The Energy Sector consists of widely diverse and geographically dispersed critical assets and systems that are often interdependent of one another. This critical infrastructure is divided into three interrelated segments or subsectors—electricity, oil, and natural gas—to include the production, refining, storage, and distribution of oil, gas, and electric power. The Energy Sector supplies fuels to the transportation industry, electricity to households and businesses, and other sources of energy that are integral to growth and production across the Nation. In turn, it depends on the Nation’s transportation, information technology, communications, finance, water, and government infrastructures.

    Essential workforce, if remote working is not possible:

    Workers supporting the energy sector, regardless of the energy source, segment of the system, or infrastructure the worker is involved in, or who are needed to monitor, operate, engineer, and maintain the reliability, safety, environmental health, physical and cyber security of the energy system, including power generation, transmission and distribution.

    Workers supporting the energy sector, regardless of the energy source, needed for construction, manufacturing, transportation and logistics, maintenance, and permitting.

    IT and OT technology for essential energy sector operations including support workers, customer service operations, call centers, and emergency response and customer emergency operations; energy management systems, control systems, Supervisory Control and Data Acquisition SCADA systems, and energy sector entity data centers; cybersecurity engineers; and cybersecurity risk management.

    Workers providing services related to energy sector fuels and supply chains, supporting the procurement, mining, drilling, processing, refining, manufacturing, refueling, construction, logistics, transportation (including marine transport, terminals, rail and vehicle transport), permitting operation and maintenance, security, waste disposal, storage, and monitoring of support for resources.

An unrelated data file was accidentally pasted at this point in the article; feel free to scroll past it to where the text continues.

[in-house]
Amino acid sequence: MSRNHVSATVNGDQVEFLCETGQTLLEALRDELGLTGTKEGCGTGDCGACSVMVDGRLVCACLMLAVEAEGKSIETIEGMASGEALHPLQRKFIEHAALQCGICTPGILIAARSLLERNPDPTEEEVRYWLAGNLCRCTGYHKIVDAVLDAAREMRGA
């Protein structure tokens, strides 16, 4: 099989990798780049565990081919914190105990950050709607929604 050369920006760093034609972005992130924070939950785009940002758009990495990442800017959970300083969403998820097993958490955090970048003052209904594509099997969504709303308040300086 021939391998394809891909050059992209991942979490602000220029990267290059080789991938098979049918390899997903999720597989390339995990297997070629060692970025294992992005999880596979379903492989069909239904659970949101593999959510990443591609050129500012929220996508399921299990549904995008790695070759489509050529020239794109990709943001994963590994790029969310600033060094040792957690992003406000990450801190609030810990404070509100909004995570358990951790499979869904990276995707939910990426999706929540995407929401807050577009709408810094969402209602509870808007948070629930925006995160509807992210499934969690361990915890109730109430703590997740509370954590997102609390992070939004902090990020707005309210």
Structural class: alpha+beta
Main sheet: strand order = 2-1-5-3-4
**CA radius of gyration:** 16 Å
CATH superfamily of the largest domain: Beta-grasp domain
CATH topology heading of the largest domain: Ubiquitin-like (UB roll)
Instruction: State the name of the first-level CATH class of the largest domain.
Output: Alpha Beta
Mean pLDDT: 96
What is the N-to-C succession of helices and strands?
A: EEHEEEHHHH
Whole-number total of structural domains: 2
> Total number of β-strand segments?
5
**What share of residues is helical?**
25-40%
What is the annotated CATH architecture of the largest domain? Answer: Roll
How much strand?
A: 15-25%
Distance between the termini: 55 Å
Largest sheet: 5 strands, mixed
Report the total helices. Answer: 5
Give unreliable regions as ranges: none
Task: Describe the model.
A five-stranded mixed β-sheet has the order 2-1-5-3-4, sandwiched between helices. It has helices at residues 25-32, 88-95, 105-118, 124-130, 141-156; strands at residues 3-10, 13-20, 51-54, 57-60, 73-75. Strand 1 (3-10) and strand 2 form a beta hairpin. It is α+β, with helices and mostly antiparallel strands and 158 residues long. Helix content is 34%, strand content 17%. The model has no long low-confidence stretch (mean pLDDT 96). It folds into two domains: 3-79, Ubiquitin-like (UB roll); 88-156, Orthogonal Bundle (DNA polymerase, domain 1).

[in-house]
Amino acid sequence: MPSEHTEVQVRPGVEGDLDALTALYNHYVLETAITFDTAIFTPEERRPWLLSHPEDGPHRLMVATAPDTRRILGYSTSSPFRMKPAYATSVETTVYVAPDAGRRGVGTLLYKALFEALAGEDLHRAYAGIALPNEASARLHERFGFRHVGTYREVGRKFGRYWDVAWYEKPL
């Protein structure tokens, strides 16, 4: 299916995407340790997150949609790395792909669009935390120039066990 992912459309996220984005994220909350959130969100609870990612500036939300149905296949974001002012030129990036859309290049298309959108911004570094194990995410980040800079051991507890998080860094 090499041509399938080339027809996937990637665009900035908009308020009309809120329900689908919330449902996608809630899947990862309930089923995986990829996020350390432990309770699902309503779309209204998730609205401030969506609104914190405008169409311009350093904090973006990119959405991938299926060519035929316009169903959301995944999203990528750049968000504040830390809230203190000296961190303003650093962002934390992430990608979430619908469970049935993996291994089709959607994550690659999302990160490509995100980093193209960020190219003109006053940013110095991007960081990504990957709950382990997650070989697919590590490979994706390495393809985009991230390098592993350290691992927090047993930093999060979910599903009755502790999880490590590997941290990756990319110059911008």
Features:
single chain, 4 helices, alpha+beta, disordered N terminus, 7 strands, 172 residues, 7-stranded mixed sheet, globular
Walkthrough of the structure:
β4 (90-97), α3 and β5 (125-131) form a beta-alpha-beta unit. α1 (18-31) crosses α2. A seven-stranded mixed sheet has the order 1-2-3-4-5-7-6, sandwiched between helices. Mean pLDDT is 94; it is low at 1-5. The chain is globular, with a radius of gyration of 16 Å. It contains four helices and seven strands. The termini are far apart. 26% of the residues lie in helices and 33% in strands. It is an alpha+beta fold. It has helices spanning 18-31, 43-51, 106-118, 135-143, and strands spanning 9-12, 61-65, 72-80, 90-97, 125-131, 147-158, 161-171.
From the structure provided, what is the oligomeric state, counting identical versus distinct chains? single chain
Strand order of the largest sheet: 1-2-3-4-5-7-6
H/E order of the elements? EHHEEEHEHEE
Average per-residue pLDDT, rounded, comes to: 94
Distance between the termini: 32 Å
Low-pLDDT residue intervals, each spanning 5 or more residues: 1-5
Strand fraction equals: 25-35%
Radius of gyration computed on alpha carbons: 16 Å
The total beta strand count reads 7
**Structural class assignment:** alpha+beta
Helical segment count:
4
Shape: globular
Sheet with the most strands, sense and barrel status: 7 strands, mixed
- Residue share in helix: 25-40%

Workers supporting environmental remediation and monitoring.

    Workers supporting manufacturing and distribution of equipment, supplies, and parts necessary to maintain production, maintenance, restoration, and service at energy sector facilities across all energy sectors, and regardless of the energy source.

    Workers at Independent System Operators and Regional Transmission Organizations, and Network Operations staff, engineers and technicians to manage the network or operate facilities.

    Workers at Reliability Coordinator, Balancing Authorities, and primary and backup Control Centers, including but not limited to independent system operators, regional transmission organizations, and balancing authorities; and workers involved in energy commodity trading and scheduling.

    Mutual assistance personnel, which may include workers from outside of the state or local jurisdiction

    Retail fuel centers such as gas stations and truck stops, and the distribution systems that support them.

    5. Water and Wastewater

    Sector profile

    The Water and Wastewater Sector is a complex sector composed of drinking water and wastewater infrastructure of varying sizes and ownership types. Multiple governing authorities pertaining to the Water and Wastewater Sector provide for public health, environmental protection, and security measures, among others.

    Essential workforce, if remote working is not practical:

    Employees needed to operate and maintain drinking water and wastewater/drainage infrastructure, including:

    1. Operational staff at water authorities
    2. Operational staff at community water systems
    3. Operational staff at wastewater treatment facilities
    4. Workers repairing water and wastewater conveyances and performing required sampling or monitoring